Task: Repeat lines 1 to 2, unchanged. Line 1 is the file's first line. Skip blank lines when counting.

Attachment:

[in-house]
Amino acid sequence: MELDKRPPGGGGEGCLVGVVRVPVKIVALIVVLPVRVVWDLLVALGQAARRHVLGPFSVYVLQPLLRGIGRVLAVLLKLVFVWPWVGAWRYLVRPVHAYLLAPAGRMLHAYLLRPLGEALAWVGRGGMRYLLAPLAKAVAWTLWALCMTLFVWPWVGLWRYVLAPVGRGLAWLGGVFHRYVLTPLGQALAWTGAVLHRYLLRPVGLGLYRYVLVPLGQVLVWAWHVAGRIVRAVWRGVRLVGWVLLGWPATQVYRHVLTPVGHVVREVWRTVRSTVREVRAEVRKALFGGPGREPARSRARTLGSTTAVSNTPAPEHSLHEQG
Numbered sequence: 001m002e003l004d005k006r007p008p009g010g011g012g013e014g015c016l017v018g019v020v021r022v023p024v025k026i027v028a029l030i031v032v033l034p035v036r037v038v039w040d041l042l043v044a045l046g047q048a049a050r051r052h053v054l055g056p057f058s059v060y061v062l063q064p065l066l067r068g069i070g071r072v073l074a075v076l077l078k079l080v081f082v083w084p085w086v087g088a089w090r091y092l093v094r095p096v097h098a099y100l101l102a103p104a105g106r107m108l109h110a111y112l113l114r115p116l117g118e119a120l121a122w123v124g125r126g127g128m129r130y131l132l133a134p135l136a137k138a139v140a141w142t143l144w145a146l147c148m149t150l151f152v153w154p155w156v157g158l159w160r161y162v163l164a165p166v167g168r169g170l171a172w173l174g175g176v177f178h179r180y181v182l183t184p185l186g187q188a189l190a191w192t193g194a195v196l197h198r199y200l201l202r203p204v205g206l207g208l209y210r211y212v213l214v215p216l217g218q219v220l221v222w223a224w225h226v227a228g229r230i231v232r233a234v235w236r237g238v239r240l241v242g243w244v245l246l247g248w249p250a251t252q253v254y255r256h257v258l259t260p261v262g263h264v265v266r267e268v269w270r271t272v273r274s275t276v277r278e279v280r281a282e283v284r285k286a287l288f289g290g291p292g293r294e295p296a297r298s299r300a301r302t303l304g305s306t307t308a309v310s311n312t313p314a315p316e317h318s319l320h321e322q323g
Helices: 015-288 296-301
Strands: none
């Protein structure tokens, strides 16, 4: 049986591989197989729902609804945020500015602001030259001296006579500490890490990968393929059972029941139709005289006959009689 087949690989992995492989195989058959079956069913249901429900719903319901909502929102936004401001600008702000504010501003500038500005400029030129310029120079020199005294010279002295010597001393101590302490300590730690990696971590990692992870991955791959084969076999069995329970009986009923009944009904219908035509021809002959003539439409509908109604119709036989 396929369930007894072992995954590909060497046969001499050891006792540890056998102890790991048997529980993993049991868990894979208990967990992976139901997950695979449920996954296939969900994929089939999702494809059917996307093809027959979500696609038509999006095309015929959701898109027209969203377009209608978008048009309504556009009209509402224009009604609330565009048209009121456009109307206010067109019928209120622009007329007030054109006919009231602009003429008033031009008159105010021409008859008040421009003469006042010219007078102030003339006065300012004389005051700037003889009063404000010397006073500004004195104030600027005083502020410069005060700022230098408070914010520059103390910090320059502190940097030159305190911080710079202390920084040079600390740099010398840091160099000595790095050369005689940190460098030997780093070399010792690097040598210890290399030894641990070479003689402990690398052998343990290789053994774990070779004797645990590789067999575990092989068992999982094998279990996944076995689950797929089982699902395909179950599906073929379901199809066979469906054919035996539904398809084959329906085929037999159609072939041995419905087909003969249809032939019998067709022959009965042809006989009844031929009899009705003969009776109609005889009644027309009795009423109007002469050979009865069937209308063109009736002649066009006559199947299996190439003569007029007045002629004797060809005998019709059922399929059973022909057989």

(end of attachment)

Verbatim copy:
[in-house]
Amino acid sequence: MELDKRPPGGGGEGCLVGVVRVPVKIVALIVVLPVRVVWDLLVALGQAARRHVLGPFSVYVLQPLLRGIGRVLAVLLKLVFVWPWVGAWRYLVRPVHAYLLAPAGRMLHAYLLRPLGEALAWVGRGGMRYLLAPLAKAVAWTLWALCMTLFVWPWVGLWRYVLAPVGRGLAWLGGVFHRYVLTPLGQALAWTGAVLHRYLLRPVGLGLYRYVLVPLGQVLVWAWHVAGRIVRAVWRGVRLVGWVLLGWPATQVYRHVLTPVGHVVREVWRTVRSTVREVRAEVRKALFGGPGREPARSRARTLGSTTAVSNTPAPEHSLHEQG